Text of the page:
Note that in some embodiments, cloud controllers may also be configured to dynamically identify files, directories, and sub-hierarchies that would benefit from registration and change notifications. For instance, cloud controllers may detect (e.g., from successive incremental metadata snapshots and/or other tracked access patterns) that multiple clients are attempting to collaboratively edit a set of files, and enable registration and change notification tracking for those files. Cloud controllers may also be configured to use a range of heuristic-based techniques to identify files that would benefit from registration and change notifications. For example, cloud controllers may be configured to scan the contents of files (e.g., instead of only looking at file extensions) and/or use other file characteristics to determine a file's type and expected access behavior. Note that when determining whether to provide collaborative support, false positives are generally preferred over false negatives. Sending registration notifications for a small set of files that do not really need such support primarily involves some additional network message and notification tracking overhead (e.g., note that if no other cloud controllers register interest in the same file, no change notifications need to be sent). In contrast, not providing such support for a file that is being collaboratively accessed can cause substantial client delays, user frustration, and/or potential file inconsistency.
In some embodiments, different granularities of tracked filesystem entities may be used to adjust the amount of notification traffic for the distributed filesystem. For instance, registration notifications may be specified at the granularity of an individual file, a directory (which may contain any number of files), or a sub-hierarchy of the filesystem hierarchy that includes multiple directories. For example, in environments where sets of users commonly collaborate upon specific project directories, a cloud controller may detect that a given client has begun requesting files from a known project directory and thus send a single registration notification for the entire project directory (e.g., based on the premise that the client is quite likely to be interested in all of the files in that directory anyway and that sending a single registration notification for the entire directory has much lower overhead than sending registration notifications for each file in the directory). After sending this registration notification for the directory, the cloud controller then receives change notifications for any files modified in the directory. In another example, some organizations may group files that are likely to be collaboratively edited in a specific portion of the filesystem hierarchy, in which case cloud controllers may be configured to only send a single notification for that entire portion of the hierarchy and then send subsequent change notifications every time any file in that portion of hierarchy is modified. Note that some system implementations may allow the range to granularities to be selected on a per-message basis in each registration notification message, while others may specify a single granularity for the system (e.g., each notification message specifies a directory).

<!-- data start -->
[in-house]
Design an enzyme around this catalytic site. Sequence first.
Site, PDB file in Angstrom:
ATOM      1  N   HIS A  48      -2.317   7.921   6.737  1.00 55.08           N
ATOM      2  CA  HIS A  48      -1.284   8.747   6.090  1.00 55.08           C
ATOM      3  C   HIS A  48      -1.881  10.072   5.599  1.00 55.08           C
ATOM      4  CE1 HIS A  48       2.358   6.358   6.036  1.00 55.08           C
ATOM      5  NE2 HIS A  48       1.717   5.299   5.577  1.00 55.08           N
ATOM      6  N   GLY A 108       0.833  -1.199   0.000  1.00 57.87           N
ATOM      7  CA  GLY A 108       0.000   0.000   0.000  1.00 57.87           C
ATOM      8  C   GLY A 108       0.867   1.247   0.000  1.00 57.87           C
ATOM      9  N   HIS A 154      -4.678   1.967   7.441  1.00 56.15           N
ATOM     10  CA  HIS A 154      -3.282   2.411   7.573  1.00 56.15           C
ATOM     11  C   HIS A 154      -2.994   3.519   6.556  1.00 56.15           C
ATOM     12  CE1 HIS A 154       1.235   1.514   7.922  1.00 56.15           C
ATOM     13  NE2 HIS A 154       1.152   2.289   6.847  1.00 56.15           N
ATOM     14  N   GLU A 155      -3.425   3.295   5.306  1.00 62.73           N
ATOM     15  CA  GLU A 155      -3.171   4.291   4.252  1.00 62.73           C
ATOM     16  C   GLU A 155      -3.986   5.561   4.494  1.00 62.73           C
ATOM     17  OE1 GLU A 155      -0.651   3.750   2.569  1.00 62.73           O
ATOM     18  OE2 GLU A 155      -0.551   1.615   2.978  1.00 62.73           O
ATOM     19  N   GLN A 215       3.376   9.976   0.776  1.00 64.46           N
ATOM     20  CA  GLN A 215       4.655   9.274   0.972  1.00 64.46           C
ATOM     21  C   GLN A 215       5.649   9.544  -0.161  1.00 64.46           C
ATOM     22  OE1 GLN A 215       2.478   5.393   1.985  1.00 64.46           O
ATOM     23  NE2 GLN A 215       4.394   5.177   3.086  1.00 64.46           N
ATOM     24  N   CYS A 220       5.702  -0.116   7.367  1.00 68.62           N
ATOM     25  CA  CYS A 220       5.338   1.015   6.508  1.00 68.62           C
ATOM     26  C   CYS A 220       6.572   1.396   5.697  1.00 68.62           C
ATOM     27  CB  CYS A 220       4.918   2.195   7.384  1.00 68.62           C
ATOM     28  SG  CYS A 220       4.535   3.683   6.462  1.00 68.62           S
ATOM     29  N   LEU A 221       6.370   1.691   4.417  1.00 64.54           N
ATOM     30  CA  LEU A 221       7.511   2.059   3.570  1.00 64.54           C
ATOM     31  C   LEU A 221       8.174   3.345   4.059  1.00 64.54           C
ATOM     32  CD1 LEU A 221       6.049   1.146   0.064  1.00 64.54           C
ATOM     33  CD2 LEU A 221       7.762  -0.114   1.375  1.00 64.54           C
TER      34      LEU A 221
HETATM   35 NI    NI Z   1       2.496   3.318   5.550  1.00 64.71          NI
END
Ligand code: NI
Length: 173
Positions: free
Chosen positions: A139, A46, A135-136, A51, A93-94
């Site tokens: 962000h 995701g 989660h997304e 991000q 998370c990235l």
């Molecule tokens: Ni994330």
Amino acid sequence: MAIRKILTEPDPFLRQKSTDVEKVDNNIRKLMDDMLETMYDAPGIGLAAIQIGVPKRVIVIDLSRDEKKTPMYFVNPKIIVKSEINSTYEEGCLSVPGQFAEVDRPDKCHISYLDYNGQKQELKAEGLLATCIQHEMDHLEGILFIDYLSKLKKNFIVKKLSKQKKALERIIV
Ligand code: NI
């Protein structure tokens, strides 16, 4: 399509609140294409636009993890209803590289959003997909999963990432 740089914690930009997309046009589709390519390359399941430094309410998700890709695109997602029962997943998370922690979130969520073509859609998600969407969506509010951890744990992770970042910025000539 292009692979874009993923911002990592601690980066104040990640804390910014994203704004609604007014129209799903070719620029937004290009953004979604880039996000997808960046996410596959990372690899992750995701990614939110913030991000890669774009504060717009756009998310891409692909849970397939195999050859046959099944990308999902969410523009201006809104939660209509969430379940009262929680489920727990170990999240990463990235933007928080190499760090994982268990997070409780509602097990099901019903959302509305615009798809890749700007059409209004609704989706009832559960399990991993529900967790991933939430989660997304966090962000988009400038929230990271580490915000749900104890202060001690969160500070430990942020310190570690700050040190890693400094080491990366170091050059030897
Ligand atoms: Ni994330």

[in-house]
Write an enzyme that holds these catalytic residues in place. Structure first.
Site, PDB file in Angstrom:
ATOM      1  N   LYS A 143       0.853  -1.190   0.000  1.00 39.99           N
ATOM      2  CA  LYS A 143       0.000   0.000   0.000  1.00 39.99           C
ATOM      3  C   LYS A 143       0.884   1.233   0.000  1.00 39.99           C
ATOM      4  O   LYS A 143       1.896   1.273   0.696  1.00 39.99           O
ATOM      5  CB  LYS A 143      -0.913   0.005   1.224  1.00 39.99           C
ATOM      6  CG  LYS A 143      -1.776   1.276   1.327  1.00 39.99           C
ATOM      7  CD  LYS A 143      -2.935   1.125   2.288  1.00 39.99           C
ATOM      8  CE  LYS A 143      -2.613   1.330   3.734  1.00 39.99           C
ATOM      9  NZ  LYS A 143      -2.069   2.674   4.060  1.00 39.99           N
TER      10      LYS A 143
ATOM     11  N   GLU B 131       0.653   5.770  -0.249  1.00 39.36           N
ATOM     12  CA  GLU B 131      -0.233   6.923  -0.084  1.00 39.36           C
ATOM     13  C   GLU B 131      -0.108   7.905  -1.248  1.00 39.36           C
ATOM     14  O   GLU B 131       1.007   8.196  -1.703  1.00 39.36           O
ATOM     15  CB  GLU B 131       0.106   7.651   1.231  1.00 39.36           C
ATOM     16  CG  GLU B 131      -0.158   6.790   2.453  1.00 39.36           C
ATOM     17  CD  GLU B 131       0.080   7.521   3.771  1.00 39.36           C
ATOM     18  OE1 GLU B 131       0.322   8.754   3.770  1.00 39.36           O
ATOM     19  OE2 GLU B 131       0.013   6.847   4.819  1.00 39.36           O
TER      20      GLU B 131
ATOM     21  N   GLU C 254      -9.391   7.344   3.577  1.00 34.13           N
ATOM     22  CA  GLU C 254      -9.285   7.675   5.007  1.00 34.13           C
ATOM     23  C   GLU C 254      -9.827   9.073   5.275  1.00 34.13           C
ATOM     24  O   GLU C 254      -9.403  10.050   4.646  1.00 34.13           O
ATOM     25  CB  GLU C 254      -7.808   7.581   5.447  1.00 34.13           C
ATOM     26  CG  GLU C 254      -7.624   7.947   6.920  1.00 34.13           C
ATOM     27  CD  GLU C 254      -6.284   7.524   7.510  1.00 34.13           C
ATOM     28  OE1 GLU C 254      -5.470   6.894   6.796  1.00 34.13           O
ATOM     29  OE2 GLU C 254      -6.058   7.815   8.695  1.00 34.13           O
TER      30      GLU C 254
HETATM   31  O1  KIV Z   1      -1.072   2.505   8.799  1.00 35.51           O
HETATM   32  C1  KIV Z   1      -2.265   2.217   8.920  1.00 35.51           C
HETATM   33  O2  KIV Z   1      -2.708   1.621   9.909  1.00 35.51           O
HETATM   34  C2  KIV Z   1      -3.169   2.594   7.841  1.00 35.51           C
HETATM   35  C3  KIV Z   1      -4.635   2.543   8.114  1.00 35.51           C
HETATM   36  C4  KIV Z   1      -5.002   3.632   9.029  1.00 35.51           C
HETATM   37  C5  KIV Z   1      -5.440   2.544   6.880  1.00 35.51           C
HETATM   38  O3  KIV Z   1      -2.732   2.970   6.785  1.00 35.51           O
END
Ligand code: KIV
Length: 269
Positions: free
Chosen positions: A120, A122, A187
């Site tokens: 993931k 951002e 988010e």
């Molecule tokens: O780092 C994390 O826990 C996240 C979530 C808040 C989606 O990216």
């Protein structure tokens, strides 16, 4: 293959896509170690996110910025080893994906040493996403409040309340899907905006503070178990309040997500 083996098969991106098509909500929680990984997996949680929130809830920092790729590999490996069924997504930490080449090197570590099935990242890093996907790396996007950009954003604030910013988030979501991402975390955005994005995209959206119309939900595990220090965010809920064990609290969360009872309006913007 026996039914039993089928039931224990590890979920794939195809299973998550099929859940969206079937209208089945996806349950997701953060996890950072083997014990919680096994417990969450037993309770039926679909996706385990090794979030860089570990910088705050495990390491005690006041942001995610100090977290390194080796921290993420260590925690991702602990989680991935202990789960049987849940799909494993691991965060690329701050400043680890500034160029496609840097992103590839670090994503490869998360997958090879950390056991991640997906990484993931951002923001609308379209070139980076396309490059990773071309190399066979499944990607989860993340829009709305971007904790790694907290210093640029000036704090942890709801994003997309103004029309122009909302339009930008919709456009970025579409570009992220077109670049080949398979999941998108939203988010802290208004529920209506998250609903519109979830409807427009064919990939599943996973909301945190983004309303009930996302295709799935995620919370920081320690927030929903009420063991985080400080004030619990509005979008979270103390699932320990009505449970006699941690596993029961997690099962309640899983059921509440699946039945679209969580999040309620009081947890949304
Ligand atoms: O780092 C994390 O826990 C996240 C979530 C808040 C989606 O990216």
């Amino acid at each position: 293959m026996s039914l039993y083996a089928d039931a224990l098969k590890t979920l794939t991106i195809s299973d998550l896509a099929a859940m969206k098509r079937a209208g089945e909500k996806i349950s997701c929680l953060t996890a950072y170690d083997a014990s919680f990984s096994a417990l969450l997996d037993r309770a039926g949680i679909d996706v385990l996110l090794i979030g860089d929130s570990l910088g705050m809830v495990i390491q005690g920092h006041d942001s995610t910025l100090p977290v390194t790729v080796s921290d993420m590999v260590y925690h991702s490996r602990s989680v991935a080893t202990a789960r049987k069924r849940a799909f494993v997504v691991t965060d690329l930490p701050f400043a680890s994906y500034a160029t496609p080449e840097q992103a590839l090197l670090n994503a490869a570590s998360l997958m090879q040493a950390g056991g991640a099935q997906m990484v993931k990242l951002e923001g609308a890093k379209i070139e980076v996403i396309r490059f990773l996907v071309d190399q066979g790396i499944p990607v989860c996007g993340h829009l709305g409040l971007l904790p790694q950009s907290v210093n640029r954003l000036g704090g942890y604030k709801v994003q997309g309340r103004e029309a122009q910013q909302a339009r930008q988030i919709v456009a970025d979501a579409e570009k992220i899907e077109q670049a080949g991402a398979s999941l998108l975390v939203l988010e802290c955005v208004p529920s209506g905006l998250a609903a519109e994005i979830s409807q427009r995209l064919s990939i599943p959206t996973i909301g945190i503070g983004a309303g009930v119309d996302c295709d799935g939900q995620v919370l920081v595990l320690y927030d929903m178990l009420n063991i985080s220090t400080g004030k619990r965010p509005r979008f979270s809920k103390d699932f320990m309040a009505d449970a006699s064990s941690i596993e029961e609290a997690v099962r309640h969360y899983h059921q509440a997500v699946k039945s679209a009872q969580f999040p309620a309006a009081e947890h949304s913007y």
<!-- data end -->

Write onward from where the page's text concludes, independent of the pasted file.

In some embodiments, a range of time intervals may be used to adjust the amount of notification traffic for the distributed filesystem. For instance, clients may only be interested in files for a limited time, and hence registration requests may be configured to expire after a specified time interval. In some implementations the expiration time may be specified on a per-registration-notification basis (e.g., depending on the files being accessed and/or a locality policy), while in other implementations all registration requests may expire after a fixed time interval (e.g., ten minutes after receipt). If a client continues to access a given file and/or directory beyond this time interval, its associated cloud controller can send an additional registration notification to extend the time interval in which it will receive change notifications. Alternatively, if the client is no longer accessing the file, the set of cloud controller note that the registration time interval has expired and purge that specific registration. Additional (“renewal”) registration messages are also broadcast to all of the cloud controllers, so an alternate technique may instead involve extending registration time intervals, thereby reducing the number of renewal notification messages.